Unless God is lying, meekness is the secret to inheriting the earth. Therefore, the root cause behind our inability to inherit honor and the richness of life on this earth boils down to the lack of meekness. I can say this confidently because this is what the bible teaches. Since God is not a man that he should lie (Numbers 23:19), we can only conclude that the reason our meekness today is not yielding the result we want in life is because what we think is meekness is not meekness at all.
For example, there was a time I thought “Blessed are the poor in spirit, for theirs is the kingdom of heaven” meant that taking hold of heaven required that I had to be weak, listless, and fatalistically surrendered to whatever life threw at me. I thought it was God’s will for me to be a victim in life. I carried on thinking ‘poor old me, Jesus just wants me to suffer in life for Him‘ until I came to the realization that our faith has made us victorious in life (see 1 John 5:4). This does not mean that we will not experience suffering, trial, and tribulation in life. What it means is that we have been granted the power to overcome any trial and tribulation the world can throw at us (see John 16:33).
Popular View of Meekness
A quick search for the meaning of meekness in the dictionary reveals words such as ‘overly submissive’ and ‘humble’. The online dictionary further describes a humble person as someone who has a modest opinion of themselves.
A survey that asked people what it meant to be meek or humble revealed statements such as: Someone who does not highlight his/her achievements, a person who is submissive to others; a person who has a modest opinion of themselves, and who is weak compared to others. In other words, the survey revealed that a person is seen as humble if the individual downplays their achievement, is seen as vulnerable, and is borderline apologetic about who they are or have become to others.
The issue with this is that the view of man is often tainted with feelings of jealousy, fear, insecurity, and inadequacy. Conversely, the view of God is always right, just, honest, and pure. In other words, the assessment of a meek person can never be based on our assessment but on God’s assessment. So, the question to be answered now is this: how do we know who is truly meek or humble?
I. True Meekness
That the measure of meekness should not be based on man’s opinion is nowhere better highlighted than in Numbers 12:3. Here, Moses writes of himself that he is the meekest man living on the face of the earth (see Numbers 12:3). Since Moses did not know every single man that lived on the face of the earth at that point, to us this statement certainly seems misguided at best and prideful at worst. Today, most people would regard Moses as being ‘full of himself’.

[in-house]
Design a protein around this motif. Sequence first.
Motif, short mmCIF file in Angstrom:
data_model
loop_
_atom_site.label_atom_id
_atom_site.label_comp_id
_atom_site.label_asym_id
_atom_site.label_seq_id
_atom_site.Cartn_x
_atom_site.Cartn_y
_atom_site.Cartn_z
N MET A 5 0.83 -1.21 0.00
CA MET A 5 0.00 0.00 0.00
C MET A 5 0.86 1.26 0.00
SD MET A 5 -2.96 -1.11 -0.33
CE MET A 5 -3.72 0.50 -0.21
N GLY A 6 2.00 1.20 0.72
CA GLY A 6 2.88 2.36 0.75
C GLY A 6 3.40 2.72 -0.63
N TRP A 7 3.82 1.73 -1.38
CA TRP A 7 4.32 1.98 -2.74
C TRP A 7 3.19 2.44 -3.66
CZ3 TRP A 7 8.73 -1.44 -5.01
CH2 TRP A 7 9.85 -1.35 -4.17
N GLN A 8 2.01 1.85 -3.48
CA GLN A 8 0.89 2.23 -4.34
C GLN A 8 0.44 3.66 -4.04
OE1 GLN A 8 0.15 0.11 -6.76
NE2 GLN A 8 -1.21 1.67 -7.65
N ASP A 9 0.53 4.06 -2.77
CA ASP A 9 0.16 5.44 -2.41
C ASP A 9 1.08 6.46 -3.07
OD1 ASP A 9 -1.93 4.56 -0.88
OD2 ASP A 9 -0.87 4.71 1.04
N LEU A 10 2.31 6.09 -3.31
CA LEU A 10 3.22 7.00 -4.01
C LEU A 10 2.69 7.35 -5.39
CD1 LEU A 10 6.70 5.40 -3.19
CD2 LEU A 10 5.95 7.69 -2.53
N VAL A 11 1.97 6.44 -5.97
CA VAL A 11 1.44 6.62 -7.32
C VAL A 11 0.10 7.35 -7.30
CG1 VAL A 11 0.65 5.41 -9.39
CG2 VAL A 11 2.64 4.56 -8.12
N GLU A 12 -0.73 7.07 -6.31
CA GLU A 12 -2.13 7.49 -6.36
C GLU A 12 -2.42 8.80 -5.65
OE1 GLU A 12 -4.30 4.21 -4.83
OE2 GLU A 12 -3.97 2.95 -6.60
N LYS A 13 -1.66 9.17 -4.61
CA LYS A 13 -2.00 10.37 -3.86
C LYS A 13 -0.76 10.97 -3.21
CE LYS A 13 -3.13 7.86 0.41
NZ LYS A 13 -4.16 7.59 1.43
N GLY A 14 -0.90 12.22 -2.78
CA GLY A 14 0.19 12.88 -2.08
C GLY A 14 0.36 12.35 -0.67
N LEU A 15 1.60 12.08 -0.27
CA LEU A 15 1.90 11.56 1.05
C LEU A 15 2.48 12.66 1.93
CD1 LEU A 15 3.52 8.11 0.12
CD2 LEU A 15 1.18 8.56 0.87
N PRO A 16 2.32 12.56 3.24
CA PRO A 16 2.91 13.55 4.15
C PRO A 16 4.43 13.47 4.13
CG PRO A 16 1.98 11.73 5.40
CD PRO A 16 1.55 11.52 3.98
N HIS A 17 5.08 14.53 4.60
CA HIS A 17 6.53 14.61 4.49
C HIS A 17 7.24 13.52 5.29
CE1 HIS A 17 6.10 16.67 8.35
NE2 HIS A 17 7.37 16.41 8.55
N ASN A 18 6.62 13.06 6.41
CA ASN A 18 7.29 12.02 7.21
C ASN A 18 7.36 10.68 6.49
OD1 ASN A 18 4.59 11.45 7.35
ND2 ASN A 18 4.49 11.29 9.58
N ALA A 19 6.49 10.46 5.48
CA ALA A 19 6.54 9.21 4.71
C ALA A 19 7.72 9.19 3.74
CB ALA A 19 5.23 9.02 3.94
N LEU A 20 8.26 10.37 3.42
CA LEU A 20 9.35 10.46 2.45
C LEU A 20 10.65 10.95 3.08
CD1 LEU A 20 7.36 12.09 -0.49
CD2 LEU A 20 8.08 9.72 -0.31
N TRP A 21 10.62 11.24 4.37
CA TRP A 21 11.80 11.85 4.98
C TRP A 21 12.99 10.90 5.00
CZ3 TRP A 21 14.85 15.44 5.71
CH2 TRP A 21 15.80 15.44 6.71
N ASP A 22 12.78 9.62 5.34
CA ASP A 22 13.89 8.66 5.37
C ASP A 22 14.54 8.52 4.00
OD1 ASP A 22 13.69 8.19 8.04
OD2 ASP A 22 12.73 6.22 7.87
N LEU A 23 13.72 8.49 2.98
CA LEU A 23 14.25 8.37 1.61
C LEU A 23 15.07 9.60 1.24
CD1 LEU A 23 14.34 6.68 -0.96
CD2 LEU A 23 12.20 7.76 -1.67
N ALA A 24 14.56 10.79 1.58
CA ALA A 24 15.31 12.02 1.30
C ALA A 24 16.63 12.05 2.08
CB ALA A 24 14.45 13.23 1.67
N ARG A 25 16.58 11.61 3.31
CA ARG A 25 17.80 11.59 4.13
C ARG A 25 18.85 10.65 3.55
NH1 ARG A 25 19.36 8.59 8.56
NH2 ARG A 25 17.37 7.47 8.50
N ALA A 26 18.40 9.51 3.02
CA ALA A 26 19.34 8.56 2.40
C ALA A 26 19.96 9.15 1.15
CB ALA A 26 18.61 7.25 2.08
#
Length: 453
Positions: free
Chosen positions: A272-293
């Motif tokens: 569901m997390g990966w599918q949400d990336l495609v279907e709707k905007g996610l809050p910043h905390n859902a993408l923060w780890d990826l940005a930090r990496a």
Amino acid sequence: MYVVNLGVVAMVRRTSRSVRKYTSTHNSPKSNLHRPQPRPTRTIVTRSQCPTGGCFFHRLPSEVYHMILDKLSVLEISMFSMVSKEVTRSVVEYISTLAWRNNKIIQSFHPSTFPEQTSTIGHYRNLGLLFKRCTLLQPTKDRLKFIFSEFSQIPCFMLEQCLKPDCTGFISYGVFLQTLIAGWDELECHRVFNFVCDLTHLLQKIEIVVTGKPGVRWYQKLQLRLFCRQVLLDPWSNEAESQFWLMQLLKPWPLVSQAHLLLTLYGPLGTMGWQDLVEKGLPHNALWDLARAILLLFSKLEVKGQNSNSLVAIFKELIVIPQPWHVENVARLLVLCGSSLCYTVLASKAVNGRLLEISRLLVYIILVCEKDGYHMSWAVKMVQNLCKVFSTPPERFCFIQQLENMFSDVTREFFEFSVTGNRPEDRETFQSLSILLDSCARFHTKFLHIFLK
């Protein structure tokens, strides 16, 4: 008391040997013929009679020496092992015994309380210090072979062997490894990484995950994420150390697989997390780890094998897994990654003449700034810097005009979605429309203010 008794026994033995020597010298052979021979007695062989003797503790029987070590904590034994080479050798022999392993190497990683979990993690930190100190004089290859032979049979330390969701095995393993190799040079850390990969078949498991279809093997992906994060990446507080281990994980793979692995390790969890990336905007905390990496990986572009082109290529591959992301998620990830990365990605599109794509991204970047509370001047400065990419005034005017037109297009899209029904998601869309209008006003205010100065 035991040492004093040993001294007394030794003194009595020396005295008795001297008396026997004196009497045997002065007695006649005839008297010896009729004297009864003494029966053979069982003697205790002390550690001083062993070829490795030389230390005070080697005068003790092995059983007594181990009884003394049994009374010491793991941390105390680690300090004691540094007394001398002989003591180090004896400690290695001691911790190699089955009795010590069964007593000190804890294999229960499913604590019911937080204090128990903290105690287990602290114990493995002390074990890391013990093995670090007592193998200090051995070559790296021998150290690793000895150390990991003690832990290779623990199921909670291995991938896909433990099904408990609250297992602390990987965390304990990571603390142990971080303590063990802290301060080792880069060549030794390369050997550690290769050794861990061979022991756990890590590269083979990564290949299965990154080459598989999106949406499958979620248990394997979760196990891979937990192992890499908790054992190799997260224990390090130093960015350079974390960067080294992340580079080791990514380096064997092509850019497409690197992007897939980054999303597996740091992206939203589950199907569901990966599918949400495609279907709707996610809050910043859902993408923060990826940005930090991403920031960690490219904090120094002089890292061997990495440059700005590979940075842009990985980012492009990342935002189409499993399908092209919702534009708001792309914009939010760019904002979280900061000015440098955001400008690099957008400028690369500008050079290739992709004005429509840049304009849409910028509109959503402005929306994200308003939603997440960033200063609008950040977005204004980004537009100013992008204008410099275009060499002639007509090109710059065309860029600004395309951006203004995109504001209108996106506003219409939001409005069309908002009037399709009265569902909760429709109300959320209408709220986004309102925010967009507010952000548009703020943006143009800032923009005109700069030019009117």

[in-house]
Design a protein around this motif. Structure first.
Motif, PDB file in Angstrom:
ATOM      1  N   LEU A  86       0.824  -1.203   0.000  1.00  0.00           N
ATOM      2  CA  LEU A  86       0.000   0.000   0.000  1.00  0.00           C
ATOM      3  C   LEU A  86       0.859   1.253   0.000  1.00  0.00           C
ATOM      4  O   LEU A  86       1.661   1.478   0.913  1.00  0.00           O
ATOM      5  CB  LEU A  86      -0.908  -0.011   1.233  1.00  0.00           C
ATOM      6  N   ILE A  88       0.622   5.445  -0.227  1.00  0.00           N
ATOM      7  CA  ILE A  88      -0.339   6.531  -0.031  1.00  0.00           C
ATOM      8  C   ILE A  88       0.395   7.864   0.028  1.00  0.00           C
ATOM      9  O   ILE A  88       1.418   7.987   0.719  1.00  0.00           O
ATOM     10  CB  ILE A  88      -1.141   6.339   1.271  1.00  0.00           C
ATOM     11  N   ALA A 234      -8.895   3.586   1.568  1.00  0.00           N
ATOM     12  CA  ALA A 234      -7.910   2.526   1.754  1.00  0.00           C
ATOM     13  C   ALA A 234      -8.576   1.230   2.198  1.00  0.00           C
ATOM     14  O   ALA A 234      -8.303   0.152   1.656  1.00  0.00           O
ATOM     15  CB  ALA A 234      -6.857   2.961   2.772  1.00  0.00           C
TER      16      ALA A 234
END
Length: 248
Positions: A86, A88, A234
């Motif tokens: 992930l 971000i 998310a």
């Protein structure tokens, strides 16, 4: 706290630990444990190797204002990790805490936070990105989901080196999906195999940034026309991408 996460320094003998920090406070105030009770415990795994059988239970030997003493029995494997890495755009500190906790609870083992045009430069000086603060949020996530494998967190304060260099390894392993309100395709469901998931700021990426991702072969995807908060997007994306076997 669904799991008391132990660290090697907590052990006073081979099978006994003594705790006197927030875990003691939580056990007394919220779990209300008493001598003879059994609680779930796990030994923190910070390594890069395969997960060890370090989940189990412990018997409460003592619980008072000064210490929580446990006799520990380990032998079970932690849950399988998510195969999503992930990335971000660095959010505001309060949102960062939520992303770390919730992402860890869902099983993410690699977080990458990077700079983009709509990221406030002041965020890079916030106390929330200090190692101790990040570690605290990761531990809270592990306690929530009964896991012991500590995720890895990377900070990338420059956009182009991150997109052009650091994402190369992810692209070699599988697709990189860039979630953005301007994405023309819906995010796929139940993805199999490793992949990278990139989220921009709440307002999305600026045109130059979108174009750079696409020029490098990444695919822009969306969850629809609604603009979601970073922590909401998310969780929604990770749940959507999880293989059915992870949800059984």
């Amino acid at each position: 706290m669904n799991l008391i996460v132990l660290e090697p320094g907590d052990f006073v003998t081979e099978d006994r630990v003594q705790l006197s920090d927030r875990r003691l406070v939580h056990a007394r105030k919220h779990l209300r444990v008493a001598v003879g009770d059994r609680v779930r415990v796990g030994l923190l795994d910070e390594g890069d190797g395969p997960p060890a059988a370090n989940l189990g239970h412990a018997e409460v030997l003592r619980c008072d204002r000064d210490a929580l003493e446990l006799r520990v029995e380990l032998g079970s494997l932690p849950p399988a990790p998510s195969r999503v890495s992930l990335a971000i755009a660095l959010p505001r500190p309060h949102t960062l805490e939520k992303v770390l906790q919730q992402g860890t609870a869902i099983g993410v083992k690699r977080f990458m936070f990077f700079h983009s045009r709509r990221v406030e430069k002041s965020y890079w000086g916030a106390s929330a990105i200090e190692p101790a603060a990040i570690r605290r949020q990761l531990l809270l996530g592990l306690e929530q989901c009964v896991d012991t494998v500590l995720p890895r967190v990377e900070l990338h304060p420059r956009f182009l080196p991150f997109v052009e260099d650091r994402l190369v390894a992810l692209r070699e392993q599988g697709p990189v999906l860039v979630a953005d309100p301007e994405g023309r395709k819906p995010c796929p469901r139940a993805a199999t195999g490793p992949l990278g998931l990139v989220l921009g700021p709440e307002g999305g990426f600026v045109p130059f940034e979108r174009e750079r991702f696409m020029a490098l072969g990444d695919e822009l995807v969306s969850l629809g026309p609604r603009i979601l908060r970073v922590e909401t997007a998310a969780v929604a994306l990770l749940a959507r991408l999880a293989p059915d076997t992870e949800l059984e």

But when we realize that all the words that Moses wrote were inspired of the Holy Spirit (see 2 Timothy 3:16), then we see that Moses simply wrote under the guidance and dictate of the Holy Spirit. Hence, it was not Moses that wrote Numbers 12:3 about himself but it was the Holy Spirit that wrote it about him. Moses was just the vessel for the Holy Spirit’s penmanship.
In fact, what Moses wrote under the guidance of the Holy Spirit took great humility. He had to completely forget about his feelings concerning what he was being told to write but chose to completely submit himself to the leading of the Holy Spirit. In writing Numbers 12:3, he decided to let go of his opinions and bow to the opinion of God. So, we see that Moses was ‘overly submissive’ to the Holy Spirit and had a ‘modest opinion’ of his own feelings about the words he was writing. Moses must have said to himself ‘well, if You say I am the meekest man alive, I chose to submit to that assessment no matter how I may feel about that’.
For Moses not to have written what the Holy Spirit told him because of what others would have felt about it would have revealed pride. It is pride in the sense that he would have been saying to God, ‘I think what You are asking me to write is wrong and that people will not receive it as You intended. I know better than You God and so I will just leave this portion out’. In truth, the only reason Moses would have left out Numbers 12:3 is if he was thinking about himself and about how others viewed him; he would have left it out in selfishness and in pride!
What Moses wrote in Numbers 12:3 reveal to us that true meekness requires that we completely surrender ourselves to God’s word and that we totally submit ourselves to the leadership of the Holy Spirit; that we die to our own thoughts, feelings, and opinions.
Hence, it is true meekness to believe and agree with God by saying ‘I can do all things through Christ’ instead of saying ‘I just do not have the ability’. While the first statement is aligned with the truth of word of God, the latter is aligned with the doubt that comes from taking our eyes off the ability of God and instead placing it on our own ability. While the first is a statement rooted in faith, the latter is a statement rooted in unbelief.
In other words, meekness or humility is the key that allows us to walk in the faith that gives us access to grace (Ephesians 2:8 tells us that grace comes through faith). Indeed, God resists the proud but gives grace to the humble (see James 4:6).
Pride is the end of paying close attention to man’s thoughts, opinions, and ways but humility is the end of paying close attention to God’s words, opinion, and ways.
Food for Thought: True meekness is what enables us walk in the power (grace) of God onto inheriting the earth.